RadioShack stumbles down road taken by many failed U.S. retailers
By Tom Hals and Nick Brown
(Reuters) - RadioShack Corp RSH.N confronts an uncomfortable fact as it considers filing for bankruptcy to give it time to overhaul its 4,400 electronics stores: Retailers rarely emerge from bankruptcy. They often liquidate and go out of business.
Founded in 1921, the Fort Worth, Texas-based RadioShack said on Thursday that it may file for Chapter 11 bankruptcy protection in the United States, potentially adding itself to the list of non-food retail chains that have disappeared from American strip malls and shopping centers in recent years.
Circuit City Stores, Borders Group, Filene's Basement, Linens 'n' Things, Coldwater Creek and plenty of smaller chains have gone out of business after filing for Chapter 11.
It was not always like this. Chapter 11 was once a sanctuary for famed retailers from Macy's to Kmart. They would predictably pile up cash over the year-end holidays, file for bankruptcy in January and spend a year or more tinkering with business plans to meet new challenges.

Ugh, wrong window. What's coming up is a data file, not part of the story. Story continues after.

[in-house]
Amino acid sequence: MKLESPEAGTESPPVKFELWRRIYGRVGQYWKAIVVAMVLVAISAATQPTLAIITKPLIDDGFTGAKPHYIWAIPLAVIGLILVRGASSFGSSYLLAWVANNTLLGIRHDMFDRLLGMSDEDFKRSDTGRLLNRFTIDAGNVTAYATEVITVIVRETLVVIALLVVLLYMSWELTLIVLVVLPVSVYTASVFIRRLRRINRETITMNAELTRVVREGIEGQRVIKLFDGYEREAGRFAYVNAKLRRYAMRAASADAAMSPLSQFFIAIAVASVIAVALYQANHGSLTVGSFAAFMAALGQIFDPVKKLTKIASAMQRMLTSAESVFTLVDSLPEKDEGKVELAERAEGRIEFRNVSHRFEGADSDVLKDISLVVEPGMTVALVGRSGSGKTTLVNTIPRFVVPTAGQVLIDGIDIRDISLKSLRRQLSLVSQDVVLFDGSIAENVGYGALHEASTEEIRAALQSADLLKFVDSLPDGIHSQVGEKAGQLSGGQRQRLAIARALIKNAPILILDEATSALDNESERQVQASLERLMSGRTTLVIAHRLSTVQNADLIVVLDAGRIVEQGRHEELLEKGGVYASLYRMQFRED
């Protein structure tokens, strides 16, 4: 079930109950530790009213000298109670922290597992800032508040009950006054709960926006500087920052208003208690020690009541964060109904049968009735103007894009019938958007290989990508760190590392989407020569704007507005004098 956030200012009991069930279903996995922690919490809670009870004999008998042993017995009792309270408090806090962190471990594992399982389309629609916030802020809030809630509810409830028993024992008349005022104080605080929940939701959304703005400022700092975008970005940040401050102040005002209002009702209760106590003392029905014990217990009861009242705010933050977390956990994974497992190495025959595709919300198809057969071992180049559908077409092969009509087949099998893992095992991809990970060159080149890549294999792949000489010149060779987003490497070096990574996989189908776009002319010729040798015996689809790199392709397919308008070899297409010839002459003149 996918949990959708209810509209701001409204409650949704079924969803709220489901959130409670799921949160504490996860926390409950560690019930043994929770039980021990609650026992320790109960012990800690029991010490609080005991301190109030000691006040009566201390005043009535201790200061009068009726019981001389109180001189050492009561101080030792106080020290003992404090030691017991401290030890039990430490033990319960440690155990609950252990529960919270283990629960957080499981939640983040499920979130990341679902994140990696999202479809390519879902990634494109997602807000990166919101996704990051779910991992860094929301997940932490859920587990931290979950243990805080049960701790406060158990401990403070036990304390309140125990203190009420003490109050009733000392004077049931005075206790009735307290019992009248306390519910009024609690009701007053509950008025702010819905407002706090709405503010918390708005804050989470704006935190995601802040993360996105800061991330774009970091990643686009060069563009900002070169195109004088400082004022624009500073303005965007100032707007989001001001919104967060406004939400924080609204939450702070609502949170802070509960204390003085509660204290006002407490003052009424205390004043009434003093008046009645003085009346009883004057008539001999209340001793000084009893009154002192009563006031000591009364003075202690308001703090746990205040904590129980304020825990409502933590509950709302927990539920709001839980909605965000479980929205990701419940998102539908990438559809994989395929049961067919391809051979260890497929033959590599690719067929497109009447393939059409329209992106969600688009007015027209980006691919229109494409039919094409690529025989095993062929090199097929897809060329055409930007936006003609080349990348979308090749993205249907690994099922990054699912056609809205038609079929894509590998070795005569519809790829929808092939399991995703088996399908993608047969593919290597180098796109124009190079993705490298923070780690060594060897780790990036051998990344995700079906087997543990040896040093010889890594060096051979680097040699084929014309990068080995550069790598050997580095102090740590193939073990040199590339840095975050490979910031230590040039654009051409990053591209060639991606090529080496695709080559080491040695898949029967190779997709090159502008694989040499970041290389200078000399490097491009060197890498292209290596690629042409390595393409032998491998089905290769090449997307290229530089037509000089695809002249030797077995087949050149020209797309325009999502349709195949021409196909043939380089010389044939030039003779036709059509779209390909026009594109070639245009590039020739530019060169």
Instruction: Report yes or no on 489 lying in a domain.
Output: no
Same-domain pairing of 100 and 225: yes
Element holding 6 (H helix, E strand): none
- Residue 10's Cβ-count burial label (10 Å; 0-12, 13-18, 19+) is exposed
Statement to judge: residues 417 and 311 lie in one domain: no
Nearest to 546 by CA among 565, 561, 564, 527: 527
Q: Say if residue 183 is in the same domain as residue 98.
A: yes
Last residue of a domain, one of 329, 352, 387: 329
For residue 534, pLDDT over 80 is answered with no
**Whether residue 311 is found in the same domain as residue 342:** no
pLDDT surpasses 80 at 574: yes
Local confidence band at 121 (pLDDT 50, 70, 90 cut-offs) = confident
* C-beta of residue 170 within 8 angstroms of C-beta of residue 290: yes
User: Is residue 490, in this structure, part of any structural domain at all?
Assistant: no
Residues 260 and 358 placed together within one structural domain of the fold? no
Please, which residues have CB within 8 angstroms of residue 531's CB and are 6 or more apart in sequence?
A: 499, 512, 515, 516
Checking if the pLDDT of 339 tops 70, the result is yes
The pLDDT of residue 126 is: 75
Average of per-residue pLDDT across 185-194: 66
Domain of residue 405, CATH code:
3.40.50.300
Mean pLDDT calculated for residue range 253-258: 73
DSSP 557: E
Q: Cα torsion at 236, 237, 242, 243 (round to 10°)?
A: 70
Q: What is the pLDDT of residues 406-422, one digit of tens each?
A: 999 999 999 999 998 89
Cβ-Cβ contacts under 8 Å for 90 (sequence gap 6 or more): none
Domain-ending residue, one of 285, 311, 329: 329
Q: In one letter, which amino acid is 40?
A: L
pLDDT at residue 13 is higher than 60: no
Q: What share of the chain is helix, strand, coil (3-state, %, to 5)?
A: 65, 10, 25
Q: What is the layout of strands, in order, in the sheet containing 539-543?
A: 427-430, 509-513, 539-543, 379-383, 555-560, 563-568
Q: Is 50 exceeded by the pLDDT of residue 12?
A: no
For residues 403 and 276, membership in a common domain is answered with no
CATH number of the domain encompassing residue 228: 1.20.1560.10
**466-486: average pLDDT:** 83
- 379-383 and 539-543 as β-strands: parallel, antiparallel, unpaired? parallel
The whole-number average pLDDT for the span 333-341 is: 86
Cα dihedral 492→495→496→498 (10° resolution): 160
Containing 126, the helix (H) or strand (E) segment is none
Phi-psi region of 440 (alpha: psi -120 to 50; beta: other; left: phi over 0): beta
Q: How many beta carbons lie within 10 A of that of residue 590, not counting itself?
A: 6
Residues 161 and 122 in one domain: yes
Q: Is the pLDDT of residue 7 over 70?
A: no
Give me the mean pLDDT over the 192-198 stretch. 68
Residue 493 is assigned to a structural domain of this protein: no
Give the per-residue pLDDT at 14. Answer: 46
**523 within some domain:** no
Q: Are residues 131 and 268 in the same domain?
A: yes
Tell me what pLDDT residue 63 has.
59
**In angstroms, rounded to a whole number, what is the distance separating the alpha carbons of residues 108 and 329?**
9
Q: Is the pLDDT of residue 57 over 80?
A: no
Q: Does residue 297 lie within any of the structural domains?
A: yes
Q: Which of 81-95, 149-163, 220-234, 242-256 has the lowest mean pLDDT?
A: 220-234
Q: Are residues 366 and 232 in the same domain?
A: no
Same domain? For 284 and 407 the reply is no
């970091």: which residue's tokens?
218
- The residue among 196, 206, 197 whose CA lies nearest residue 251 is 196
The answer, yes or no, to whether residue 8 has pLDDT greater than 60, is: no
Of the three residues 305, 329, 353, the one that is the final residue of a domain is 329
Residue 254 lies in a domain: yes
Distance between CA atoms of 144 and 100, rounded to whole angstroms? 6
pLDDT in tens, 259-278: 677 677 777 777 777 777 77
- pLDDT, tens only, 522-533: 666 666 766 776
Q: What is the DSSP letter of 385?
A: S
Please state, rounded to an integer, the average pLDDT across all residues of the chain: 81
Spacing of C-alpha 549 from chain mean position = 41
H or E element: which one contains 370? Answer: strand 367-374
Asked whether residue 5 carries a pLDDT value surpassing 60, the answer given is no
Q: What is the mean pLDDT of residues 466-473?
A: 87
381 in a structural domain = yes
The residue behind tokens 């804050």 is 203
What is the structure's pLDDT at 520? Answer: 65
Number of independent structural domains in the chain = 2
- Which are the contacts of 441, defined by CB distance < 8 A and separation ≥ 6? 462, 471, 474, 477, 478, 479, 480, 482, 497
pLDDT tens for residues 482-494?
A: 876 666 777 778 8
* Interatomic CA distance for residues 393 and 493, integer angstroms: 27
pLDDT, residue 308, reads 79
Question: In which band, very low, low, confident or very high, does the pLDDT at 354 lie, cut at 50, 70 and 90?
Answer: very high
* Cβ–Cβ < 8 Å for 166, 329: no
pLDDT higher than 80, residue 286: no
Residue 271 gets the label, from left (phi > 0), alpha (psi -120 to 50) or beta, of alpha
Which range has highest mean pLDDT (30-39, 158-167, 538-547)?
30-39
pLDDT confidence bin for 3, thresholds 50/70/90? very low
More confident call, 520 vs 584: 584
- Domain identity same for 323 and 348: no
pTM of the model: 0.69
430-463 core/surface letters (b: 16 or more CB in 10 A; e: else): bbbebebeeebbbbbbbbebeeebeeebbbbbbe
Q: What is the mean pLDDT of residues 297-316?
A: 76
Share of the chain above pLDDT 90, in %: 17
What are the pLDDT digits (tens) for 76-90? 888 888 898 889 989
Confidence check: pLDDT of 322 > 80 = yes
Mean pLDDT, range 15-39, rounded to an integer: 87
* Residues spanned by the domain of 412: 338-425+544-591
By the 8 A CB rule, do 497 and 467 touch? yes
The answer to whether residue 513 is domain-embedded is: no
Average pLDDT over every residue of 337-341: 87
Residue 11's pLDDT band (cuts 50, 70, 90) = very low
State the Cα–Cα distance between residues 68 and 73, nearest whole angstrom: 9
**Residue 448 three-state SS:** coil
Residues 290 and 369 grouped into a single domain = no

Then in 2005, Congress reworked the U.S. Bankruptcy Code. The new law set a deadline of 210 days, or roughly seven months, by which time a retailer had to commit to accepting a lease, or rejecting it and vacating a property.
That changed everything.
In reality, store chains do not even have seven months. Lenders will typically only offer companies about three or four months of financing during bankruptcy to ensure that, if things do not work out, there is enough time to conduct a going-out-of-business sale.
"In the old days you could take your time to assemble a new plan for stores," said Peter Schaeffer, a turnaround specialist with GlassRatner Advisory & Capital Group in New York. "Whereas today you really don't have that time." Continued...